What it Really Costs to Insure a Home for Rebuild

Does your current home insurance policy have guaranteed replacement coverage? If not, then you’re likely underinsured. Specifically, guaranteed replacement coverage is meant to pay for a complete rebuild of your home in the event of a major catastrophe, such as a fire or hurricane damage. This type of coverage will not only pay to rebuild your home from the ground up but to its original specifications and details, while also providing for changes in local building codes.

Unfortunately, most companies that insure homes don’t offer this type of coverage. One of the main reasons for this is because calculating the cost of guaranteed replacement coverage can be a challenge, and many people confuse market value with the cost to rebuild. With so many factors affecting the cost to rebuild a home, it can be difficult for insurance companies and agents to provide a realistic quote. But more importantly, there is no upper limit on what the insurer will pay with guaranteed replacement cost.
If you’re looking to add guaranteed replacement coverage to your policy, it can be helpful first to understand what goes into determining your home’s rebuilding costs.

Understanding Construction Cost Adjustment Factors

Home insurance companies that offer guaranteed replacement coverage typically take construction cost adjusting factors (CCAFs) into consideration annually. They then provide this information to policyholders so they can better understand why their coverage costs may be increasing or decreasing. These factors are established based on input from local general contractors and builders, economists who monitor the construction industry, current construction costs and materials, and skilled labor costs.

Common Factors Affecting the Cost of a Rebuild

There are seemingly endless factors that must be taken into consideration when determining the unique replacement cost for any given home. One of the most important factors that must be looked at regularly is that of annual increases in construction costs across the board and for the particular zip code the home is located in. Labor costs are always on-the-rise in the home-building industry, and residential material costs can vary significantly from year to year as well. For example, increased demand for building stone may lead to higher prices one year, whereas concrete or metal prices may drop. It’s easy to see how this can impact the cost to rebuild a home. Costs are also a function of the home’s location. A home located in an affluent community will cost more to build than one located elsewhere.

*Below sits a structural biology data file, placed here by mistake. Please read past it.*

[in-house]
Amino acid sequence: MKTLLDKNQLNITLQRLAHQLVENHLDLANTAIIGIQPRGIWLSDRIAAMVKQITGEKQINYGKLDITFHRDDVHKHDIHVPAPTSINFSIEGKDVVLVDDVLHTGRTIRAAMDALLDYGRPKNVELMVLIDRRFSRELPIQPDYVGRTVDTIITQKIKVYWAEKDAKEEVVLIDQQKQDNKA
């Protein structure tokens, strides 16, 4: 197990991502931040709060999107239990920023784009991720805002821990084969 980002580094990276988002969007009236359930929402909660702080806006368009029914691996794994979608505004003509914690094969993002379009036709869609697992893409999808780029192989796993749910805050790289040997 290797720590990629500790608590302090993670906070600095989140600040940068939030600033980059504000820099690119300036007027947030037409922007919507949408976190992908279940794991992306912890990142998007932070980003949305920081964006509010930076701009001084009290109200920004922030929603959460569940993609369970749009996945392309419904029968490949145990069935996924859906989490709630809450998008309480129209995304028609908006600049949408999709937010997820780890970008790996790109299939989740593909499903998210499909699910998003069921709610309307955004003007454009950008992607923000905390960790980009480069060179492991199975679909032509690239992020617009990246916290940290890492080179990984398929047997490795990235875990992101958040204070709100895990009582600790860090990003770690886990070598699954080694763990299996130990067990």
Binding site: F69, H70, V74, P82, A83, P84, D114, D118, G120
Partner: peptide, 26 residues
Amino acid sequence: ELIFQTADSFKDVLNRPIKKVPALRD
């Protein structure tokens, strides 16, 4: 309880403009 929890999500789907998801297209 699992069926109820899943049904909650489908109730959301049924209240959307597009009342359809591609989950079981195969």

Changes in building codes can also have a significant impact on home replacement costs, especially for older homes. If an older home needs to be replaced, there’s a good chance that there are new coding and permitting requirements that will need to be met—this can increase the cost of the replacement project. Also, remember that home insurance pays for many different costs. Some of these include deconstruction, waste hauling and disposal, and architectural and permitting, labor, material, and general contractor profit. It also includes loss of use during the construction process, which depending upon the home and its location, can take upwards of a year or more.

Also, does your home have unique features such as special flooring, built-in cabinetry, appliances, and lighting? The type and uniqueness of the material used can have a major impact on cost. One recent Chubb analysis indicates that a Sub-Zero top-of-the-line 48” built-in refrigerator that cost $5,000 in 2000 now costs more than $17,000. The same is true with dishwashers and other built-in appliances.
It is also essential to consider how a greater overall awareness of construction’s environmental impacts can affect the cost to rebuild a home as well. Over the years, designers and builders have become more environmentally conscious; materials and construction practices that were once considered standard have been replaced with more eco-friendly alternatives. These alternatives come at a cost premium, which can increase replacement costs for a home.

The Bottom Line for Homeowners

These are just a few of the dozens (or more!) factors that an experienced home insurance agency must take into account when calculating the replacement cost of any given home. And of course, since construction and material costs are constantly changing, it’s important for insurance companies to revisit these expenses regularly. That way, policyholders can have access to the most up-to-date information and coverage.

If you don’t currently have guaranteed replacement coverage, make sure to purchase it through an insurance agency that specializes in this essential form of protection. You can then enjoy the peace of mind in knowing that your home’s replacement costs have been accurately calculated and that you’ll be covered in the event the “unthinkable” happens on your property.